Saturday, April 24, 2010

A Job Interview



My friend, Chuck, at Secondary Roads posted a story about an interview he conducted with a prospective employee. Fun read, and it brought to mind an interview I had several years ago.

We had had a resignation from one of the elementary music teachers. As per standard procedure, the vacancy was first posted within the school system; then the notice of position available was posted at selected colleges and universities.

We had received several applications and resumes.  I had selected four applicants to invite to interviews. In fact, I had already seen two very well qualified applicants when I received a phone call from a young lady who lived in a remote part of the state, 120 or so miles from our school. She had just seen the post at the university of which she was a graduate, and would be delighted to bring her curriculum vitae with her when she came to interview. I told her that the application date had expired, and we were already well into the interview process. She, in her bright and well-educated manner, assured me that she knew for a certainty that she was just the person for the job, and I did not want to miss the opportunity of a lifetime. I relented, granted her an interview date.

Zelda (may I call her "Zelda"? writing "the young lady" repeatedly would get tedious) arrived exactly two minutes before the appointed time. Good. I like punctuality. I find "too early" to be almost as annoying as "late." My admin assistant ushered her into my office and made the introductions. Zelda, beaming smile in place, stepped forward, offering me her hand. Her handshake was firm, holding on neither too long nor too briefly. Good. I like her already.

As Zelda was seated in the guest chair, I observed that she was dressed professionally, a quite pleasant appearance with nothing out of place. Stylish, too. I'd tell you all about the Louis Vuitton accessories, the Manolos and so on, but I wouldn't recognize any of that if I saw it.

Note to self: Really need to cut to the chase; this is getting quite long, and the story hasn't even started.

As I glanced through her resume, I asked the leading questions, background, training, basis for choice of career. You know, carefully avoiding the questions one is "not allowed to ask." Zelda assured me that she loved children, had been very successful academically and was avidly looking forward to moving into our music program and sharing her expertise with our kids.

I asked Zelda what musical instruments she played. "Oh," she said, "I don't play." "But," I said, "you do play piano, don't you?" Well, no, she doesn't. I asked how, then, would you expect to teach music wherein not only accompaniment to singing is expected, but the basis for an understanding of musical concepts is to be taught? Oh, Zelda brightly assured me, I would use records.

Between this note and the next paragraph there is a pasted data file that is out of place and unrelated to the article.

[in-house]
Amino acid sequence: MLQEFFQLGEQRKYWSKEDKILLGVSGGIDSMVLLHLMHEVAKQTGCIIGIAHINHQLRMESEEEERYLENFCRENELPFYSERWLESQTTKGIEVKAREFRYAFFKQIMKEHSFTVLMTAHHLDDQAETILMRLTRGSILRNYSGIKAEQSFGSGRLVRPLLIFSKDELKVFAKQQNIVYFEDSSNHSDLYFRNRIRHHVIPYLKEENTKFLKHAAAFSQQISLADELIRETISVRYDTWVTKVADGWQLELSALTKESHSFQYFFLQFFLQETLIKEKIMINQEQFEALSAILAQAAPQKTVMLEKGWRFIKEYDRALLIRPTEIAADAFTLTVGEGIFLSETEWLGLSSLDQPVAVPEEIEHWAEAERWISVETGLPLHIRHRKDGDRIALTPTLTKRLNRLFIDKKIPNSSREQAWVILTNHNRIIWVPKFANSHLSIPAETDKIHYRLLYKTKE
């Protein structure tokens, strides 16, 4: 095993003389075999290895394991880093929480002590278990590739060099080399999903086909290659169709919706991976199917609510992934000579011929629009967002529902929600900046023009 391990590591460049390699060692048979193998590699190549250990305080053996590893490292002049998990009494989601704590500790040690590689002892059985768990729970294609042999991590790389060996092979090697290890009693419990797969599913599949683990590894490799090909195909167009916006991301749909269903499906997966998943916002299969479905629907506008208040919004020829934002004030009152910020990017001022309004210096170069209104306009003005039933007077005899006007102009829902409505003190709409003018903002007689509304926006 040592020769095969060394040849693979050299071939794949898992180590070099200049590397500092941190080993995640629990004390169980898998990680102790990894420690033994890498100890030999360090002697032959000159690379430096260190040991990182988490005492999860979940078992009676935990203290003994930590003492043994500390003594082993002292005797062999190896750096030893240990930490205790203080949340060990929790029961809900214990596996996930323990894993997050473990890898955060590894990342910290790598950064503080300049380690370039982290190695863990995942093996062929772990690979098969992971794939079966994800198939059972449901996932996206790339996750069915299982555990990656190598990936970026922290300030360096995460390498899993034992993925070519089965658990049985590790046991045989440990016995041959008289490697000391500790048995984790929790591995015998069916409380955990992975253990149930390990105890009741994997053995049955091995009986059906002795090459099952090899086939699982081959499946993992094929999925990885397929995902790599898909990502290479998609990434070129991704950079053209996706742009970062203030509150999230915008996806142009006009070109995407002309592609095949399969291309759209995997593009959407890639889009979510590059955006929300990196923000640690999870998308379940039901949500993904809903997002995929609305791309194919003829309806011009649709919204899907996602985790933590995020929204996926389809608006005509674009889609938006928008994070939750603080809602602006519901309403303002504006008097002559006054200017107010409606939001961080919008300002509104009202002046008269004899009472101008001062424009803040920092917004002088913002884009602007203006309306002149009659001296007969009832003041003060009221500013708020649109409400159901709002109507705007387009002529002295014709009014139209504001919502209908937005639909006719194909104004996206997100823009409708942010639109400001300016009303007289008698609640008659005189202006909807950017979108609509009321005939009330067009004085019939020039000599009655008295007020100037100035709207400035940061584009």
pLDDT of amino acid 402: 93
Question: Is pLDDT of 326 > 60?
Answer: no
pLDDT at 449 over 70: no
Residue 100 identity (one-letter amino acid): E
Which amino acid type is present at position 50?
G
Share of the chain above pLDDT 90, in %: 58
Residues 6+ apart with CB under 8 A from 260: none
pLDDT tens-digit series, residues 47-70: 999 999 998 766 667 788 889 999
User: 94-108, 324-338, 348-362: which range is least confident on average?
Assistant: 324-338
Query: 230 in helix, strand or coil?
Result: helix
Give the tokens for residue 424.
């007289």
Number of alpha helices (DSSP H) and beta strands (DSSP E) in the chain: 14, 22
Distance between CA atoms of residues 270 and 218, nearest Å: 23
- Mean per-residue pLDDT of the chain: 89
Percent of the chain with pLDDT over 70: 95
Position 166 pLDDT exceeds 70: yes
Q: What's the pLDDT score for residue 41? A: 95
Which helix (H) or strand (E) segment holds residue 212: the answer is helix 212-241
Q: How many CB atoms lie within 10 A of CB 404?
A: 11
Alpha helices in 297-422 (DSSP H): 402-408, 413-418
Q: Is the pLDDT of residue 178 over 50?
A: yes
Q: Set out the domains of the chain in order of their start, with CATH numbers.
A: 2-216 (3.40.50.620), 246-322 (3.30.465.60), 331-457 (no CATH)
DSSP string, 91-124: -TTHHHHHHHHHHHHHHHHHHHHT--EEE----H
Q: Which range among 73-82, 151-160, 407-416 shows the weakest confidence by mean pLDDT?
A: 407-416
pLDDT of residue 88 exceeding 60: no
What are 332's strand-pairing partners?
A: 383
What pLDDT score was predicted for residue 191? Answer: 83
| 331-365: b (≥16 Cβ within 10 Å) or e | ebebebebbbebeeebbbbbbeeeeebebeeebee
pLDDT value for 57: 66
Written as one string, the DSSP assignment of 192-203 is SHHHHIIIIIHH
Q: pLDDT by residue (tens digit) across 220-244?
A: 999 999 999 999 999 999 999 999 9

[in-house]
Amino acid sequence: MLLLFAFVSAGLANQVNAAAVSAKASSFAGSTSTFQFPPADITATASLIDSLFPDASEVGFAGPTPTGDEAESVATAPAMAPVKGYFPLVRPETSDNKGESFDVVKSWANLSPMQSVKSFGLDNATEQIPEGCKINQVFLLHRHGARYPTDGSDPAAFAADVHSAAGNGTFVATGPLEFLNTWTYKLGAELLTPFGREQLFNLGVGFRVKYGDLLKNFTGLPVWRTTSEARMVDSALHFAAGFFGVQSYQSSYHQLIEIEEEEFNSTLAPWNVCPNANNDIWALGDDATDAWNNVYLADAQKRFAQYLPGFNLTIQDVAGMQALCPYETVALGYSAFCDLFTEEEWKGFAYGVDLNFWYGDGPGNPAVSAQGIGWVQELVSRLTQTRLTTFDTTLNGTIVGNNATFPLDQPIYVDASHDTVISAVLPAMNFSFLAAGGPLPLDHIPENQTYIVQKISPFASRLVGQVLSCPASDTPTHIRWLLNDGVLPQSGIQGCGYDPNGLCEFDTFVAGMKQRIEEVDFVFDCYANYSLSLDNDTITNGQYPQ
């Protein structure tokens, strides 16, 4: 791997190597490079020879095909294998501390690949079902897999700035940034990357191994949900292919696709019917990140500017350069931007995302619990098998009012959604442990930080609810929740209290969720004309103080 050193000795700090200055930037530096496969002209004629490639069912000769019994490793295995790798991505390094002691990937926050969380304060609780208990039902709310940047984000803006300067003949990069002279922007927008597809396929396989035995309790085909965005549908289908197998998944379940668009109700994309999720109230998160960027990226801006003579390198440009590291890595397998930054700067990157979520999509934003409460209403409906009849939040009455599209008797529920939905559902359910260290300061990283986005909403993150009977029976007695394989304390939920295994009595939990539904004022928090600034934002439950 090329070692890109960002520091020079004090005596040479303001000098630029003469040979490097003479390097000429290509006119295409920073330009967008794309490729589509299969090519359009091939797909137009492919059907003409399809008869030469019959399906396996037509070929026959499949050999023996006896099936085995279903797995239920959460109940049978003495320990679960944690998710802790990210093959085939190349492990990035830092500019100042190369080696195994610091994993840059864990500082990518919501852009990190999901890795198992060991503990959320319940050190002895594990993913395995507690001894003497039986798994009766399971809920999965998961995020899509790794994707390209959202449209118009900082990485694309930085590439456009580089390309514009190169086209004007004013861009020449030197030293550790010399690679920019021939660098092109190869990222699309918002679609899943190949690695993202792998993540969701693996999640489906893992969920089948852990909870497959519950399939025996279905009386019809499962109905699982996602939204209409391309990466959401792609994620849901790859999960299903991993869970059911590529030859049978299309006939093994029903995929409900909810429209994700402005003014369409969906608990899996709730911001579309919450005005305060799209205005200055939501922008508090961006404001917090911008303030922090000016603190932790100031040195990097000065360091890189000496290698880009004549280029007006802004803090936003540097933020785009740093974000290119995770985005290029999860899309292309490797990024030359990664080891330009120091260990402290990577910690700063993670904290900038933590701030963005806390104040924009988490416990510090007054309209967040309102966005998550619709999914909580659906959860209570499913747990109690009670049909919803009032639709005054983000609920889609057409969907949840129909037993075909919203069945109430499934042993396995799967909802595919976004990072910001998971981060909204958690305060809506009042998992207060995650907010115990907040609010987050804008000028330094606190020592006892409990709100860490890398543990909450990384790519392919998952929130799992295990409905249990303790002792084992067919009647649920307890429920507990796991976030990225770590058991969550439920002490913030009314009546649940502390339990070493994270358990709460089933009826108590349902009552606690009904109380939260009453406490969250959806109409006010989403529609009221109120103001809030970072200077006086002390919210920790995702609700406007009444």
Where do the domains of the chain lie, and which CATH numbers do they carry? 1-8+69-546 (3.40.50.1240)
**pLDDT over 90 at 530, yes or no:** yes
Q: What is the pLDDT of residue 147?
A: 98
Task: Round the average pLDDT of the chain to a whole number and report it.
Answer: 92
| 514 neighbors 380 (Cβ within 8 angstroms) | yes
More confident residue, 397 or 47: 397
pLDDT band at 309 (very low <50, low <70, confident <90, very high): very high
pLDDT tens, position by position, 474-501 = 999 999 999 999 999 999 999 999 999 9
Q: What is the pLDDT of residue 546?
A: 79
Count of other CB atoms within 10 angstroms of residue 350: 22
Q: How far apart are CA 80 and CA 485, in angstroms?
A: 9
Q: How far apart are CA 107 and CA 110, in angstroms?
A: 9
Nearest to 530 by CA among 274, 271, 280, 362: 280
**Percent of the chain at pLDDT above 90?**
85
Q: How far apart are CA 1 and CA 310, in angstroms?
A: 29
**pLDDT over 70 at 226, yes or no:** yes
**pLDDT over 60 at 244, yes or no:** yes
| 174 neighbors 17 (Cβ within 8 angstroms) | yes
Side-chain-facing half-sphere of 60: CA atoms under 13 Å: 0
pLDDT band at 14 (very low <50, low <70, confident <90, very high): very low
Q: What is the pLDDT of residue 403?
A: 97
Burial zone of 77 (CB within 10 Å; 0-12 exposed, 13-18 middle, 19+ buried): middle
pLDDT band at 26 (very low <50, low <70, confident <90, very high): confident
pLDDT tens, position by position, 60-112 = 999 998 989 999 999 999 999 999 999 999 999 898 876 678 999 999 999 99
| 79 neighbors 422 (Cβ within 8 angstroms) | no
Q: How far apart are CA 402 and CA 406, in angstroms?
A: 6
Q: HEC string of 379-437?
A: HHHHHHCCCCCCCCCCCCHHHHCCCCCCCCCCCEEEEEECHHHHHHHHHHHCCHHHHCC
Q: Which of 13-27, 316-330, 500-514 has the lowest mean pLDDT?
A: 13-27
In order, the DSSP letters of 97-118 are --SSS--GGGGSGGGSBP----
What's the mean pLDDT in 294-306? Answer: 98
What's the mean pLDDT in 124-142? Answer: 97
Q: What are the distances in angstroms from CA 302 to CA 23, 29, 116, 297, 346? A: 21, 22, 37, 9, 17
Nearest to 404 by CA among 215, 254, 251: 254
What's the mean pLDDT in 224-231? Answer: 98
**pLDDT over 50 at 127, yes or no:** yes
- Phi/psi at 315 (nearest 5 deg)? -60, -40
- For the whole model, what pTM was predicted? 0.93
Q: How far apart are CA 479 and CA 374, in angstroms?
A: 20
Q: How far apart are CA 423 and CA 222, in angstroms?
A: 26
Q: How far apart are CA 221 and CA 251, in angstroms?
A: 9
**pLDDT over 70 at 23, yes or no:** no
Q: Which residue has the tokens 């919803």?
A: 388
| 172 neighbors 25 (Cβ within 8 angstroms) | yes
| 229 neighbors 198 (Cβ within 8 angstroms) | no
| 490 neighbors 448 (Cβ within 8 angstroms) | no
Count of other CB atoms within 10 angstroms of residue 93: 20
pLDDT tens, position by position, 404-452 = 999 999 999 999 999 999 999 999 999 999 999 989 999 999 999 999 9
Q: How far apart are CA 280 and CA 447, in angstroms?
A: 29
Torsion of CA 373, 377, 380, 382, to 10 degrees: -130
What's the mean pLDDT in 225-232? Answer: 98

Trust me, I wanted to ask, "Can you play a phonograph?" But I didn't. As suavely as I could and with the use of as little time as necessary, I got her out the door and on her way home. I did offer her a few words of kind professional advice, and I hope she took them to heart. I do hope, as well, that she has had a happy and productive life. Just not teaching music to elementary students.

7 comments:

Secondary Roads said...

Destined for a career in PR. That's public relations, not Puerto Rico. The piano is a natural for teaching music with the physical layout. An accordion is also useful with the chord buttons laid out according the the circle of fifths.

Grace said...

I worked in corporate personnel for 10 years (of course now it is called "human resources" I think I prefer the old name) and of my many interview stories the one I repeat most often concerns a person who an employment agency sent. The job description clearly stated that typing and dictation were primary skills. So they sent a young lady for the interview - couldn't type, didn't take shorthand - What? I apologized to the young lady, called the agency and raised hell. Their response? "We thought if you just met her, you would love her" My reply "Yeah, she's adorable, I'm gonna adopt her and I STILL NEED A SECRETARY" - Oy!

vanilla said...

Chuck--Yep, definitely headed to PR.

Grace--LOL! I love it.

Silver said...

Too funny, this one. But interesting story and a good read during my coffee break ;)

Enthusiasm without the right elements are not necessarily always a good thing, is it?

~Silver

vanilla said...

Silver--Enthusiasm and self-confidence are desirable qualities; but a job-related skill set is pretty much mandatory in this instance. ;)

Vee said...

I like this little gal and have never even seen her. She needed a job and was persistent. She also deserves points for self-confidence and grooming. But she probably should have been applying for a sales position. Hey, she sold the interviewer on ignoring his own deadline and granting her an interview :) Had she had been hired for a HS music position, she could easily have kept the attention of the students in the guy's glee club. Young men would probably be too lost in their "thoughts" to recognize that the teacher has no music talent. Then she could have used the big bucks made in teaching to purchase Prada. Or maybe she should stick with sales!

vanilla said...

Vee--LOL. But, yes, definitely sales.